Since introducing the benefit in summer 2017, Fifth Third says more than two-thirds of employees have participated in the program, which is powered by Goldman Sachs’ Ayco. “Everybody can stress over their finances and need some help every once and awhile,” says Robert Shaffer, chief human resources officer at Fifth Third.

The bank is getting good engagement. More than 12,000 of its 18,000 employees have completed a financial assessment, which, among other things, spits out a score to help employees know where they stand and what else they need to do to improve their financial wellness, such as building their emergency savings. Since the rollout, the bank says almost half of the users have reported an increase in their scores.

“People are taking the actions to improve their scores,” Shaffer says.

What this means for you

If bank employees are finding value in freshening up their financial literacy skills, you probably would, too. So, ask your employer whether it has a perk that could help inspire you to tackle your money issues. Even if it doesn’t, there are other options to help you build your confidence on an overwhelming subject.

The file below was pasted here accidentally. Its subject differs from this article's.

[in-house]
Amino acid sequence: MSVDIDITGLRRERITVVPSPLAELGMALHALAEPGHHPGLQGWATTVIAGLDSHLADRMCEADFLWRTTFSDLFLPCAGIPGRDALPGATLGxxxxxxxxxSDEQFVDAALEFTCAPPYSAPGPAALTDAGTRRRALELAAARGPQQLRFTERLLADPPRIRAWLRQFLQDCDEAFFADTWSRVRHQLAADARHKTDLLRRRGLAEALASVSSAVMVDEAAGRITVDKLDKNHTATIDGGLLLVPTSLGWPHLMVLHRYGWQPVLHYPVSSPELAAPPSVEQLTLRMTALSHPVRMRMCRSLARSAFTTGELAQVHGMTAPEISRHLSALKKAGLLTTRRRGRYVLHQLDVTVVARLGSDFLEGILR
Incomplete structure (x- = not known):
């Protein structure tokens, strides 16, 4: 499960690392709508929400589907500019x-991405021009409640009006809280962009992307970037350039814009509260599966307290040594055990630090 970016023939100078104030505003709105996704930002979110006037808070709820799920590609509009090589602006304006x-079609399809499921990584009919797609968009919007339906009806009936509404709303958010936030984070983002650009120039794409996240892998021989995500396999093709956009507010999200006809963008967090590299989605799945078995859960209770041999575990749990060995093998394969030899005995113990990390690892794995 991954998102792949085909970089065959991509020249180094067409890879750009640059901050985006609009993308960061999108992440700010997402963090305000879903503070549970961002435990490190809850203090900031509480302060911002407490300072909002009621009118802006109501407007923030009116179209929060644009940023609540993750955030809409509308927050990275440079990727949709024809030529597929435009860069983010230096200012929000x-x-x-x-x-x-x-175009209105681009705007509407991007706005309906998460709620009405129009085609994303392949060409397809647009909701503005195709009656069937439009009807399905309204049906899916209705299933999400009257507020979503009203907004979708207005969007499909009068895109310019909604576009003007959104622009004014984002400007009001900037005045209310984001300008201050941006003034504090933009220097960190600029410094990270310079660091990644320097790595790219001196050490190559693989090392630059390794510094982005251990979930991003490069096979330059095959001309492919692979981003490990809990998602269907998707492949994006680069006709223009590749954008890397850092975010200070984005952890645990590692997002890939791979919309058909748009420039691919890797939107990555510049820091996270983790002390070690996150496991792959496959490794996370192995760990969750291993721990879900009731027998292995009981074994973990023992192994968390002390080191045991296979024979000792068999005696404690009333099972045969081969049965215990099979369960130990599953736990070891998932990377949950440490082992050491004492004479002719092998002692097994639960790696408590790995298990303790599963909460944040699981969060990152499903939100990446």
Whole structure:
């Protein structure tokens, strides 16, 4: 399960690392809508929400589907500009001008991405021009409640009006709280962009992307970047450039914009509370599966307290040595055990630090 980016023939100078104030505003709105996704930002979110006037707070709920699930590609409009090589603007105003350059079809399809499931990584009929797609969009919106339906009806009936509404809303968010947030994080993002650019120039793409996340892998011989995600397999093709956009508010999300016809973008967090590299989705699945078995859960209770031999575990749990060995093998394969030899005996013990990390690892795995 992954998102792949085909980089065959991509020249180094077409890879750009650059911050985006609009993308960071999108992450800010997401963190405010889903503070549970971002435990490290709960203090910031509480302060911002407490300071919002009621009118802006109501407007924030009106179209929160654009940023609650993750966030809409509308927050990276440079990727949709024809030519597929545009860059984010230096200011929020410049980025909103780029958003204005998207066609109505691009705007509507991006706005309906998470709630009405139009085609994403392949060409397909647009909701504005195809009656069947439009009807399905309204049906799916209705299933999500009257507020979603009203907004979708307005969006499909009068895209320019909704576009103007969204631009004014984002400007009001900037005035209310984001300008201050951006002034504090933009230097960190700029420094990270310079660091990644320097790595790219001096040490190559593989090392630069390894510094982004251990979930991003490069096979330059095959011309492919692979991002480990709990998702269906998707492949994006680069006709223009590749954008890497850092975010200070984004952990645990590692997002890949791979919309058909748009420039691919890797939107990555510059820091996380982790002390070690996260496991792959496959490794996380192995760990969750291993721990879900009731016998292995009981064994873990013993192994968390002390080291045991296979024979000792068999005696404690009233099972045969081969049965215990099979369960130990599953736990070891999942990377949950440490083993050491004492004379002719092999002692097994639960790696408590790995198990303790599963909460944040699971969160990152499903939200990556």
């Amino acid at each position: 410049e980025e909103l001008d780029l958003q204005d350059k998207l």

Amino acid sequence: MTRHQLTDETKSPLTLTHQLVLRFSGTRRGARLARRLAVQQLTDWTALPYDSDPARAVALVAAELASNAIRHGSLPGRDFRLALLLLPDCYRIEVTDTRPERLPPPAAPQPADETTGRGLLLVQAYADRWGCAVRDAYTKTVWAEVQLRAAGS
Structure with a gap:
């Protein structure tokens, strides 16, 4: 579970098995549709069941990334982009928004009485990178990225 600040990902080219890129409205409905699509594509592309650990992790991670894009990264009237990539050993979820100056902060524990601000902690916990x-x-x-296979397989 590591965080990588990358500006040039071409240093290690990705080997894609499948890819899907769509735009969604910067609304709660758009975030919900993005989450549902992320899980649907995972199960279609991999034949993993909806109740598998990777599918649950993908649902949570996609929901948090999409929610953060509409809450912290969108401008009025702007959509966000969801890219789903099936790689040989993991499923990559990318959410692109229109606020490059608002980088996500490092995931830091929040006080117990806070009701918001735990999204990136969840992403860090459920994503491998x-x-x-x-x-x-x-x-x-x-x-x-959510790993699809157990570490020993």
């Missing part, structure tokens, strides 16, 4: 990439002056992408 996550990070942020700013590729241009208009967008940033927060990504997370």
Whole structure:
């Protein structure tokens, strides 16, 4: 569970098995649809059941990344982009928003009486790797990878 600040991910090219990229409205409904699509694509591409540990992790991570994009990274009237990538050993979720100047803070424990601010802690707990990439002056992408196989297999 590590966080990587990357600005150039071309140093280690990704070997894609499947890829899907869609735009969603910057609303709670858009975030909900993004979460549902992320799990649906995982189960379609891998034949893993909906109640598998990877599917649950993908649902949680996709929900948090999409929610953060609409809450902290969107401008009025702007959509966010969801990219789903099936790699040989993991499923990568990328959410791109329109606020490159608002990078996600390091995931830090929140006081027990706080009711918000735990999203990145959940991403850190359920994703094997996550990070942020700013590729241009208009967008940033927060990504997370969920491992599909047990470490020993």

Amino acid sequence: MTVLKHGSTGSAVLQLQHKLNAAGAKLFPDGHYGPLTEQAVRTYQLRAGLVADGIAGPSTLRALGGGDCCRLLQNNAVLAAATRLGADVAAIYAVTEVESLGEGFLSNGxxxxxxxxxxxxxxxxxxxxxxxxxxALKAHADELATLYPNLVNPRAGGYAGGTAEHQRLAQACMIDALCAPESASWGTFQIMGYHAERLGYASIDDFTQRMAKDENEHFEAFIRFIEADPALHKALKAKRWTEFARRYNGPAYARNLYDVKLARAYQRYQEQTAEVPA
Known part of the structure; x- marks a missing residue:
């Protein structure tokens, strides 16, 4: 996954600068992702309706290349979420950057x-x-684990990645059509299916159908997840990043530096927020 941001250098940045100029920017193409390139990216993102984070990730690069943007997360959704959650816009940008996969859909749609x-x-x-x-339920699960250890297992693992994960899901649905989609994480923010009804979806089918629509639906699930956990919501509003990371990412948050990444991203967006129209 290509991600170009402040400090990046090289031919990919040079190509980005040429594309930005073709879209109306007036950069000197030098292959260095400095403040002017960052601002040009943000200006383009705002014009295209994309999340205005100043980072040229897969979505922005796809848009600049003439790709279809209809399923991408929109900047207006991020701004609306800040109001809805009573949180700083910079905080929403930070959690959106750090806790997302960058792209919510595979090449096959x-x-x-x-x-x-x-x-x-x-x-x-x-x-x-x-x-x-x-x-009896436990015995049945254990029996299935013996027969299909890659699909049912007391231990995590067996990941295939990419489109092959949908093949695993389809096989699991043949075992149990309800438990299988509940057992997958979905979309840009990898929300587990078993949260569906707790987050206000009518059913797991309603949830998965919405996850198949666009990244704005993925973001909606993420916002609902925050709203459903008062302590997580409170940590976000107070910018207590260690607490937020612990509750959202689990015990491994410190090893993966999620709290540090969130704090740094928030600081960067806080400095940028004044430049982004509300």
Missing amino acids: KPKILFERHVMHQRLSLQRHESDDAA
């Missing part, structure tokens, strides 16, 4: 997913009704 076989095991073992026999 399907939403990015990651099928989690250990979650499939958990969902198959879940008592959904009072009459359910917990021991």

In fact, scores of mobile apps believe knowledge alone won’t change your behavior. So, they exist to crunch your transactions to try to help you accomplish healthy financial habits without requiring much work from you. For instance, Digit will move your money into a savings account based on what its algorithms think you can afford to help you kick-start a savings behavior. Other services will help you compare your spending to motivate you to improve your finances. Some banks, like KeyBank, will even give you a financial wellness score — separate from a credit score.

Whatever approach you take, remember that a financial education isn’t one-and-done like a high school math class — the lessons evolve as you and your needs do.

“At any stage, people need financial education,” says Lauren Bernstein, senior vice president at EverFi, an education technology company. “It’s not that people learn what they need to learn and then they are done.

“It’s a continuing process. It’s something that never stops.”